I visited the Nationaal Militair Museum towards the end of a month-long trip dragging the missus through the battlefields of Normandy, the Western Front and Arnhem. I figured that if I was lucky, I’d have a few hours to explore the museum by myself, but when she saw some of the displays decided to hang around and we ended up spending the best part of the day exploring the exhibits. Unfortunately, I did not take as many photos as I should have and snapped most on my old cell-phone, so the images really do not do the museum justice. This museum should definitely be on your itinerary if you are visiting the Netherlands and is easy to reach if you have a car, but is also quite accessible by public transport from Amsterdam and worth a day trip to fully experience what it offers.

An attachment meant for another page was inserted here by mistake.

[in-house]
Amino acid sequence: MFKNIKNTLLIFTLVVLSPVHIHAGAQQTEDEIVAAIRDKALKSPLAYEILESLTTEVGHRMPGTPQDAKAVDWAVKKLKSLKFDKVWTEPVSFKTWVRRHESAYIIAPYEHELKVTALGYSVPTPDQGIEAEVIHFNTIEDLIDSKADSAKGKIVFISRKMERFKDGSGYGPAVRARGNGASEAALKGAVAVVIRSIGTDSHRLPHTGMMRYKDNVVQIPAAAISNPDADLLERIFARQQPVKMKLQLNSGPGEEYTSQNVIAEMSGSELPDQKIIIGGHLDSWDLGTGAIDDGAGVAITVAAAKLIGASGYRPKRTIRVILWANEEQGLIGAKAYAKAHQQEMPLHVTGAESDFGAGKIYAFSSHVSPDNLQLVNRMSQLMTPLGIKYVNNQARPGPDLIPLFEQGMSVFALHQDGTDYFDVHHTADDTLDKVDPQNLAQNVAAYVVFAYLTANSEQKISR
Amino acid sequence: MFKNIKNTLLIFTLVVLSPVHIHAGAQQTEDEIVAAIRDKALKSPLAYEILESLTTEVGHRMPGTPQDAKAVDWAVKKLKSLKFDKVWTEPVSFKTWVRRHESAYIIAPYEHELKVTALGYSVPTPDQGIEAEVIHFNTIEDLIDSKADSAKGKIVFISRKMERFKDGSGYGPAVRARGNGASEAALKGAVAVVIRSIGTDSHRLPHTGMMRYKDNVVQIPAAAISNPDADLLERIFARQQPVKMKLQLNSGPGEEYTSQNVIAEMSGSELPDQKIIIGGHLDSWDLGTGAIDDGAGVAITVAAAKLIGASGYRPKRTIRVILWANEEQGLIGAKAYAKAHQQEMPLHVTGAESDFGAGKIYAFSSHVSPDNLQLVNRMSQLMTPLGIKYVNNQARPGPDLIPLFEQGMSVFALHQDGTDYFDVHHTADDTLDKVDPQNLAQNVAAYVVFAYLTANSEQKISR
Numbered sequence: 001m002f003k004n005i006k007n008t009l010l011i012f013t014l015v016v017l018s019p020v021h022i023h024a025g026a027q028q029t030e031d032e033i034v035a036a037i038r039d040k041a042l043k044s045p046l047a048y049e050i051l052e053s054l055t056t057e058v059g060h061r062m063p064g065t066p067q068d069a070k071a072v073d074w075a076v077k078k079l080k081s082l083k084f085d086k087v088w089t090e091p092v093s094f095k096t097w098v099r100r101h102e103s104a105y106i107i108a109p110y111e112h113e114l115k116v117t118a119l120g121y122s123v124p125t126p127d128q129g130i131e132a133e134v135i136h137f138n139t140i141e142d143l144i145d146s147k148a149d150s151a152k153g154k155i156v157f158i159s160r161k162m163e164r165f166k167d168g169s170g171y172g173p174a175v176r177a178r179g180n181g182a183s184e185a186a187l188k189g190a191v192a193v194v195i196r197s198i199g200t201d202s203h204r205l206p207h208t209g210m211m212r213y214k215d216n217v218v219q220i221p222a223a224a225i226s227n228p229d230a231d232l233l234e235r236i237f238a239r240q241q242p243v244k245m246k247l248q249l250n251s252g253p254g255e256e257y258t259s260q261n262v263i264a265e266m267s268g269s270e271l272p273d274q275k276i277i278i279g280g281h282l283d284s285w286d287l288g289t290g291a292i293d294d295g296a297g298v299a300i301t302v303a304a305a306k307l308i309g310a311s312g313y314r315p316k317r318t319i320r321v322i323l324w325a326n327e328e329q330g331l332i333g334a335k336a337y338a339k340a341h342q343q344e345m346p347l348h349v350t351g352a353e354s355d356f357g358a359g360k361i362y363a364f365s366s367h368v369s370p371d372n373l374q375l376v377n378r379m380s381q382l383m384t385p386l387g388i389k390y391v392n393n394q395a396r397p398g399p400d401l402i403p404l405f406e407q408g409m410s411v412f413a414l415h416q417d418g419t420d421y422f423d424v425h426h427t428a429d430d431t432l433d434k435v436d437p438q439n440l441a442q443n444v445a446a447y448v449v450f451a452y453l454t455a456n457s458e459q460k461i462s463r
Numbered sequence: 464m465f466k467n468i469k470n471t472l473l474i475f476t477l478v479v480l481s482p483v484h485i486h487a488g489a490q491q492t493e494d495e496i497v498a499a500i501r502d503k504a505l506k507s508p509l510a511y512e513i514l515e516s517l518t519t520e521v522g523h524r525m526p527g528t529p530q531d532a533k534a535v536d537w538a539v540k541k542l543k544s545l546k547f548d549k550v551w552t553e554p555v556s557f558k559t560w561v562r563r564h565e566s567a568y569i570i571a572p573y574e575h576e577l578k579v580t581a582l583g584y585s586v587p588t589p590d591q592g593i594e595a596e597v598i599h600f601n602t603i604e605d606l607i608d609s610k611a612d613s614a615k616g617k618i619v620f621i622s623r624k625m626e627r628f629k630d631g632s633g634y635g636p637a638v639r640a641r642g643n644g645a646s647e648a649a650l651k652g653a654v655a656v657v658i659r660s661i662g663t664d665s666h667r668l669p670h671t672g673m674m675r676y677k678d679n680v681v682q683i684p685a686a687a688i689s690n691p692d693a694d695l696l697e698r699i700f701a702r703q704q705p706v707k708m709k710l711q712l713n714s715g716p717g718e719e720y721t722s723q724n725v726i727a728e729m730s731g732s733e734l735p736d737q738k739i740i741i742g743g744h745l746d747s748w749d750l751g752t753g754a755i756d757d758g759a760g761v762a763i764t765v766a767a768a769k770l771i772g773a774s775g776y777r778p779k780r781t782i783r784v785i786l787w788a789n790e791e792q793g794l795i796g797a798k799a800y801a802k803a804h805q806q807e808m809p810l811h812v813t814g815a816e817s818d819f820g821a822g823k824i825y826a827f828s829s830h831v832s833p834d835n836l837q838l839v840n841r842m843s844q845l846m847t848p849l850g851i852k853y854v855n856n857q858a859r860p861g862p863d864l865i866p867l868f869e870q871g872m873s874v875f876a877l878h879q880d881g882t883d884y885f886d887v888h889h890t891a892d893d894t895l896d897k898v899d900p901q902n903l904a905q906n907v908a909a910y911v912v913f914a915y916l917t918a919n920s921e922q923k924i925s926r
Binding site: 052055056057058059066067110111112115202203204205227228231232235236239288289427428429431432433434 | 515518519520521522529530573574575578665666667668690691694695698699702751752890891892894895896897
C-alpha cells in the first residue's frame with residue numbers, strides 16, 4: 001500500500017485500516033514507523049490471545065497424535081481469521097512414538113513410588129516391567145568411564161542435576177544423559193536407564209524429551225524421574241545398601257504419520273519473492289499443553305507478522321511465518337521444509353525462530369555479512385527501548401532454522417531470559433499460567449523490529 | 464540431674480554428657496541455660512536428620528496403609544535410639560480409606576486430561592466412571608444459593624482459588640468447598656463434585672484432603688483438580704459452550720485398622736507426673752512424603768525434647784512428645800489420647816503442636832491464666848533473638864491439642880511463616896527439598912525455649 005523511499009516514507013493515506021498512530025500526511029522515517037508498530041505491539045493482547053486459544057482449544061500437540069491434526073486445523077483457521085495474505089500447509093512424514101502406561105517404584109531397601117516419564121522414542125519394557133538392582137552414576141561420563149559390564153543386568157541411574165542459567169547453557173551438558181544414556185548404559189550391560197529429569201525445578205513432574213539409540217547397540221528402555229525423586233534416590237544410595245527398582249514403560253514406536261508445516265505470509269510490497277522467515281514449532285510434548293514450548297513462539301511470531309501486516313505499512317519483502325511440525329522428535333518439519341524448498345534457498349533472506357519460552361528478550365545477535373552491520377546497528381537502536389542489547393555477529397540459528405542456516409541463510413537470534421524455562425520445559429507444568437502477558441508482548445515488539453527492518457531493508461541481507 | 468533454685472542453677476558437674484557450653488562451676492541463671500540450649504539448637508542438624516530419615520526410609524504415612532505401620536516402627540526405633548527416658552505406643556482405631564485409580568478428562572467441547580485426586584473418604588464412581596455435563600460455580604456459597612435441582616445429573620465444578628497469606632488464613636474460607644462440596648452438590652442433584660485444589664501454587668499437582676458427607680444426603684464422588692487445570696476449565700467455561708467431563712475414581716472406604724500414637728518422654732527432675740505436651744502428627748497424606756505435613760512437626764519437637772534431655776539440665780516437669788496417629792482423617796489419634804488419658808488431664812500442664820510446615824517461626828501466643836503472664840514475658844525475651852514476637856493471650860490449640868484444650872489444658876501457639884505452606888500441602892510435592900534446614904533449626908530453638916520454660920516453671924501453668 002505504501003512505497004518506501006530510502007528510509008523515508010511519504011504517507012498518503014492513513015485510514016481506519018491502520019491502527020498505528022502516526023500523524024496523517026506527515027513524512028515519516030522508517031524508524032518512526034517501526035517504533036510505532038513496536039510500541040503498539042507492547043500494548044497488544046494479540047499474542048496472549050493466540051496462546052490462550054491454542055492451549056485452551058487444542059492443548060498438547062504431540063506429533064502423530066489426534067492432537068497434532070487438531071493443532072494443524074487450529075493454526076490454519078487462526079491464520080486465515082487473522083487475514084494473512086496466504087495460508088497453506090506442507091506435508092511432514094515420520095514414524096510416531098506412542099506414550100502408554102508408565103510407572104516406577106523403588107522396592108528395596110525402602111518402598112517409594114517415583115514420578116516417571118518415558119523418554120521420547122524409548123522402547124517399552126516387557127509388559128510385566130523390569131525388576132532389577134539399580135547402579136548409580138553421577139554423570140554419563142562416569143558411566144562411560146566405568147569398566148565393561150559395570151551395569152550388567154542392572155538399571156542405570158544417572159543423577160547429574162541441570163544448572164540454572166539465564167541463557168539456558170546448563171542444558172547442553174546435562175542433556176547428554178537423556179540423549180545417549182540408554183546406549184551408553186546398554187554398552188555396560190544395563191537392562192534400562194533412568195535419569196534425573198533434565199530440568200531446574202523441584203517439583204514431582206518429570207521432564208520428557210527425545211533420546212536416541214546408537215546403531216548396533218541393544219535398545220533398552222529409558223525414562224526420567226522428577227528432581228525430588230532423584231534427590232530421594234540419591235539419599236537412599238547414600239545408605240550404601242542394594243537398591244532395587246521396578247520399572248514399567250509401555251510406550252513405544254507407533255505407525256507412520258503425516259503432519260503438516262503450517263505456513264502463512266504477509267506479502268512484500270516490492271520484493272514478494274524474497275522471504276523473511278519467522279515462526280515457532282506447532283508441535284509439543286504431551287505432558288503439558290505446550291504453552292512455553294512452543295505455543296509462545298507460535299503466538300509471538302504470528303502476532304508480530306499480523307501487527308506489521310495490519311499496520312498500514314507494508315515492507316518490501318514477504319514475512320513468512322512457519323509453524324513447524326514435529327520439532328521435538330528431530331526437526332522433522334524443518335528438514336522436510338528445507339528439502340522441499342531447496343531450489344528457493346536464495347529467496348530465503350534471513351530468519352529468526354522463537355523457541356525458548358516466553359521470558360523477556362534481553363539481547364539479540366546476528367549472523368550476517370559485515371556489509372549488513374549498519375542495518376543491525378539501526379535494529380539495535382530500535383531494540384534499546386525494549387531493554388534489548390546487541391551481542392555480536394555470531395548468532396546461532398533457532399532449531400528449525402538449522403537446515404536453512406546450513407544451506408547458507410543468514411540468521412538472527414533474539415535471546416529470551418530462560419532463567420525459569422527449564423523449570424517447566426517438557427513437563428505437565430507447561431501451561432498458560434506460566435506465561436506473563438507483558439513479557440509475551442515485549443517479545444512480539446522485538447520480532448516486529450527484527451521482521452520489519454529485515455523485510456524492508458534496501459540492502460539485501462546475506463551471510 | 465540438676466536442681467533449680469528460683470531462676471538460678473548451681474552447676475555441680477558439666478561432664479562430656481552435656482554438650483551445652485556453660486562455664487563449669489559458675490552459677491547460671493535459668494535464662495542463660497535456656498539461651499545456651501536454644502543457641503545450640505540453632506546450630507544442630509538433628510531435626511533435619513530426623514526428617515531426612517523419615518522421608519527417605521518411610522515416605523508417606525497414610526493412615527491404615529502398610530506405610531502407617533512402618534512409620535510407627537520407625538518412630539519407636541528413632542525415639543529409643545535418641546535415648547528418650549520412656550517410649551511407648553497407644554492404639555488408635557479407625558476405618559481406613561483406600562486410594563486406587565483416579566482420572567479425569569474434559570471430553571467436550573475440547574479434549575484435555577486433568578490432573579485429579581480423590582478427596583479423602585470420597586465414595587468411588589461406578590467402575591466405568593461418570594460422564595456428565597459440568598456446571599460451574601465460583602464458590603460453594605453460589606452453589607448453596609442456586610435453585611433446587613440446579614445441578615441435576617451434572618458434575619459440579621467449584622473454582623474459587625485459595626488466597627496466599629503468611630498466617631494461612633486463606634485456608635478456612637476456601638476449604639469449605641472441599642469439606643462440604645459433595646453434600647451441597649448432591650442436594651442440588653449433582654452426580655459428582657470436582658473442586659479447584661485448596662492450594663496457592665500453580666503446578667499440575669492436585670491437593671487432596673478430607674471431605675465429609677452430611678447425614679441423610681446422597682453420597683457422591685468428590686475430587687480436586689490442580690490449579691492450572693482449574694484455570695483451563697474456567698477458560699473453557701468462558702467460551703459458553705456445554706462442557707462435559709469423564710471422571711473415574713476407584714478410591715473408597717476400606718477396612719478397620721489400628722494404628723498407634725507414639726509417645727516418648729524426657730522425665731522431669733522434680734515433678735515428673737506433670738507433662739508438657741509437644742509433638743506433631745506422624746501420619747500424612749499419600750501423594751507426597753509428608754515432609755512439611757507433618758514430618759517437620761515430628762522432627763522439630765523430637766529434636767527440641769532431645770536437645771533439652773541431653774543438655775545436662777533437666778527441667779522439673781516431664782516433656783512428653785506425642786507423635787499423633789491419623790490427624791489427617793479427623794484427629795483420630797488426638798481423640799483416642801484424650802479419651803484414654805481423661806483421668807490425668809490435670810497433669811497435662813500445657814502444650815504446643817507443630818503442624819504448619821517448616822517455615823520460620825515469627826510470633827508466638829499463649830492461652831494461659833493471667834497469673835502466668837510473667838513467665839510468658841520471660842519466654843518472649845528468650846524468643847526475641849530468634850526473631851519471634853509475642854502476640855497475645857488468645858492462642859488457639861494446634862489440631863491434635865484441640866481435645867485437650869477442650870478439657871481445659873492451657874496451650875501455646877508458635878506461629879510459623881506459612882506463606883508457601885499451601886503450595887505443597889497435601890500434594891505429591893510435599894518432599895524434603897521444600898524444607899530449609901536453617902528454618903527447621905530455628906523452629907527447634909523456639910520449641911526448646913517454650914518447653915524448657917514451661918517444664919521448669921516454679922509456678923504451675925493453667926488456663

The Nationaal Militair Museum
Verlengde Paltzerweg 1
3768 MX Soest
Phone: +31 85 003 6000
Open: Tuesday to Sunday from 10:00 to 17:00 excluding Christmas Day, New Year’s Day and Koningsdag (27 April)
Children aged 4 – 12: €7,50
Children under 4: Free
For Dutch citizens, if you have a Defensiepas (Ministry of Defence card), Veteranenpas (Veteran’s Card) or an ICOM card or if you are a Friend of the Museum or member of Vereniging Rembrandt, you can collect a ticket from the cash desk upon presentation of your card. This gives you free access to the museum.
If you are relying on public transport, you can plan your trip online using the Dutch National Travel Planner at 9292.nl